4. What is the meaning of the dome of a sepulchre?
Ans. The dark night which envelopes the whole world is called the dome of sepulchre. It covers the world as a coffin covers a corpse.
5. Give the name of the poem and the poet.
Ans. The name of the poem is “Ode to the WestWind” and the name of the poet is P.B. Shelley.
1. How did the West Wind awaken the Mediterranean?
Ans. The West Wind awakened the Mediterranean ocean by creating a storm in it.
2. What happened to the sapless foliage of the ocean?
Ans. The sapless foliage of the ocean was frightened.
3. How were the waters of the Atlantic disturbed by the WestWind?
Ans. The level waters of the Atlantic were divided because of the force of the West Wind.
4. What impressions does the stanza give about the power of the “West Wind”?
Ans. The West Wind is very powerful and with its wild energy, it can disturb anything.
5. What is meant by summer dreams?
Ans. The “summer dreams” mean that the Mediterranean sea was calm.
1. What does the poet think about the West Wind‟s power?
Ans. He thinks that the West Wind is very powerful and can sweep anything in the world.
2. What is the poet’s wish?
Ans. The poet”s wish is to become a friend to the WestWind.
3. Is the poet happy about his life?
Ans. No, the poet is not happy. He is in pain and suffers life.
4. What prayer does the poet make to the West Wind?
Ans. The poet prays to the West Wind to lift him like a wave or a leaf or a cloud.
5. What qualities did the poet share with the West Wind?
Ans. Like the WestWind the poet was also untamed and proud.
1. What is the poet’s wish in the first line?
Ans. The poet wants to be the lyre of the WestWind.
2. What does the poet compare his thought to?
Ans. The poet compares his thought to the dead leaves.
3. What kind of help does the poet seek from the West Wind?
Ans. The poet wants to scatter his verses all over the earth like the leaves.
4. What is the message conveyed in the last line of the poem?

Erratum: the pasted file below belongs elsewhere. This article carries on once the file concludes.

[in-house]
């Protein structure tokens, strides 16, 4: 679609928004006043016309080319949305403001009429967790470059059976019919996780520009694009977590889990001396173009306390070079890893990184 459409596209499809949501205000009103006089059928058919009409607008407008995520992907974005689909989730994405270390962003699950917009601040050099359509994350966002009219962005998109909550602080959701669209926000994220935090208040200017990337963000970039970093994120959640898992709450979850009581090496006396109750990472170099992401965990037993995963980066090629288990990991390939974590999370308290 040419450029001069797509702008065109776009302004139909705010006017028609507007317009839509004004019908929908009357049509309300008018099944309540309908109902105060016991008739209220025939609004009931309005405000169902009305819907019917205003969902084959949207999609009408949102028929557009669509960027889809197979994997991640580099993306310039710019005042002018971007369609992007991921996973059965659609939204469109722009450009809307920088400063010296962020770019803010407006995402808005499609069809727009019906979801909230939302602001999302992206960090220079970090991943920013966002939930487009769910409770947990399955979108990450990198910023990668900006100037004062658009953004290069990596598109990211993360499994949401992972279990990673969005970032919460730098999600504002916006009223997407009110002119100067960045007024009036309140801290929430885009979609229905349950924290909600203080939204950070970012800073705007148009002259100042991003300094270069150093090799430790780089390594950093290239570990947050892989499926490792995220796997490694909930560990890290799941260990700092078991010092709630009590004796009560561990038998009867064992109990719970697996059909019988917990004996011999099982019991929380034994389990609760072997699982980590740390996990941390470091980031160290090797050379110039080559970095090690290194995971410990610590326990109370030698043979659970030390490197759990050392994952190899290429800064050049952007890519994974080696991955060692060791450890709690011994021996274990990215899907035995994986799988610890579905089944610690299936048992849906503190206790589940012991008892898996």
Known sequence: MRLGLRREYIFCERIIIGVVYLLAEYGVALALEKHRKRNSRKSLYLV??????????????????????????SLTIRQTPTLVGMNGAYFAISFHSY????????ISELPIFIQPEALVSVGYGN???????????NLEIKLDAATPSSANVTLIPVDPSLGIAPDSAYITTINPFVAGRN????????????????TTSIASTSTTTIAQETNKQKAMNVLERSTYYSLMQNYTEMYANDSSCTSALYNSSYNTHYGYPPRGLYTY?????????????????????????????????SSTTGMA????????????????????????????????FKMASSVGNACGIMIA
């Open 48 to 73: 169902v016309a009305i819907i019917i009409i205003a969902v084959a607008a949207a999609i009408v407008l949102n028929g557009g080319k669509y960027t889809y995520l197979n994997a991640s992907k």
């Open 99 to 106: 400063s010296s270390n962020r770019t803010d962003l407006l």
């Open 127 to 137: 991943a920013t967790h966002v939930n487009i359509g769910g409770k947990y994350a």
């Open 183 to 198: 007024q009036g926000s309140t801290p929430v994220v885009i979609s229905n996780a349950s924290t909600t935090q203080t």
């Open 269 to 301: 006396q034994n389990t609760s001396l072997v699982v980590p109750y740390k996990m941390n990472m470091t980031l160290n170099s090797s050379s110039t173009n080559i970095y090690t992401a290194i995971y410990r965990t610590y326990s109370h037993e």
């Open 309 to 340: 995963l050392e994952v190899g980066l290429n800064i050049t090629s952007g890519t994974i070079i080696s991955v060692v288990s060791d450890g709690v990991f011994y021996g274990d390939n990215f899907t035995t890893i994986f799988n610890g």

Ans. It is a message of hope. Joy would come after grief.
5. Explain the term “trumpet of a prophecy”.
Ans. By the term, the trumpet of prophecy means that the poet’s verses would proclaim the beginning of a new joyful life. The poet shows his optimism here.
Q. 1. Describe the effect of the West Wind on the leaves, the clouds and the sea waves?
Ans. As the WestWind comes the leaves of trees turn pale in fear. They fall from the trees. They fly away like ghosts running away from a magician. Their hue turns yellow, black and hectic red. They look like pestilence driven multitudes. The West Wind scatters the dark clouds which look like the bright hair uplifted from the head of fierce maenad. The West Wind disturbs the ocean also.
Q. 2. How is the West Wind harbinger of a new life?
Ans. It destroys all that is dead. The dead leaves are taken away by the West Wind. Along with the dead leaves, the seeds are also transported to new places on the right opportunity. These seeds sprout into new buds. In this way, the West Wind becomes the harbinger of a new life.
Q. 3. What effect does the West Wind have on the ocean?
Ans. The WestWind creates a storm in the ocean. It divides the waves of the ocean. Even the sea flowers at the bottom of the ocean are disturbed.
Q. 4. What is the effect of the West Wind in the sky?
Ans. It scatters the clouds in the sky. It brings about rain. It comes near the end of the year and seems to be the mourning song for the dying ear. The poet feels that West Wind brings rain, shiver and thunder.
Q. 5. How does the poet compare himself to the West Wind?
Ans. The WestWind is very powerful. It cannot be tamed. The poet was also equally powerful when he was young. He was also untamed and wild. But now because of the burden of time, he has become weak. He has fallen on the thorns of life and he is bleeding.
Q. 6. How is the West Wind both a destroyer and a preserver?
Ans. According to the poet, the WestWind is both a destroyer and preserver. When it blows it drives away the dead and dry leaves. But it is a preserver as well. It takes the seeds also with it and buries them in distant places. Given the right condition, these seeds grow into big trees. In this sense, the West Wind is a preserver also.
Q. 7. What is the message the poem gives at the end?
Ans. The poet wants to suggest that after grief there will be joy. After winter there will be spring. He seeks the help of the West Wind to bring a message of hope and joyful life.
Objective Type Questions
Q. 1. What is the wintry bed?
Ans. The cold earth is the wintry bed.
Q. 2. Why are the leaves called pestilence-stricken multitudes?
Ans. They are dead and rotten and they are in large numbers.
Q. 3. Who is the azure sister of the West Wind?
Ans. Spring is the azure sister.
Q. 4. Who are the angles of rain and lightning?
Ans. The clouds are the angles of rain and lightning.
Q. 5. For whom the Atlantic waves part?
Ans. They part for the West Wind.
Q. 6. Why do the plants at the bottom of the ocean turn grey?
Ans. The plants turn grey out of the fear for the West Wind.
Q. 7. What is the message of the poem?
Ans. The message of the poem is to have hope for the future.